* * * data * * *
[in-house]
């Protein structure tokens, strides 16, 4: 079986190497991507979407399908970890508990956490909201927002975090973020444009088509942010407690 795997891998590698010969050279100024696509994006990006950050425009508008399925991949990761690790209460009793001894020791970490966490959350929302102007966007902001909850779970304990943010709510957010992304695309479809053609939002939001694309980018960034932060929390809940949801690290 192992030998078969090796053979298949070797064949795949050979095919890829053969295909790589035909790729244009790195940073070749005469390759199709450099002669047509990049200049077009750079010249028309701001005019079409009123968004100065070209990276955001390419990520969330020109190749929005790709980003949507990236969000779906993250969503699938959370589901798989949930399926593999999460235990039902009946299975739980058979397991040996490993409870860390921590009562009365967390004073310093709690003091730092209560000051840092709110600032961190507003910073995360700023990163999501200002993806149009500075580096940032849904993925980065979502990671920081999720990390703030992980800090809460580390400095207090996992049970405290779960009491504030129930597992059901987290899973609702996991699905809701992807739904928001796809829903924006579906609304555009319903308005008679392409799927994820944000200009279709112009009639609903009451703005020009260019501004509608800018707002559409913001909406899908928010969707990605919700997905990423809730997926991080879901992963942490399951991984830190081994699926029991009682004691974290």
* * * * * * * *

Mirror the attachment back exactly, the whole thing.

[in-house]
């Protein structure tokens, strides 16, 4: 079986190497991507979407399908970890508990956490909201927002975090973020444009088509942010407690 795997891998590698010969050279100024696509994006990006950050425009508008399925991949990761690790209460009793001894020791970490966490959350929302102007966007902001909850779970304990943010709510957010992304695309479809053609939002939001694309980018960034932060929390809940949801690290 192992030998078969090796053979298949070797064949795949050979095919890829053969295909790589035909790729244009790195940073070749005469390759199709450099002669047509990049200049077009750079010249028309701001005019079409009123968004100065070209990276955001390419990520969330020109190749929005790709980003949507990236969000779906993250969503699938959370589901798989949930399926593999999460235990039902009946299975739980058979397991040996490993409870860390921590009562009365967390004073310093709690003091730092209560000051840092709110600032961190507003910073995360700023990163999501200002993806149009500075580096940032849904993925980065979502990671920081999720990390703030992980800090809460580390400095207090996992049970405290779960009491504030129930597992059901987290899973609702996991699905809701992807739904928001796809829903924006579906609304555009319903308005008679392409799927994820944000200009279709112009009639609903009451703005020009260019501004509608800018707002559409913001909406899908928010969707990605919700997905990423809730997926991080879901992963942490399951991984830190081994699926029991009682004691974290």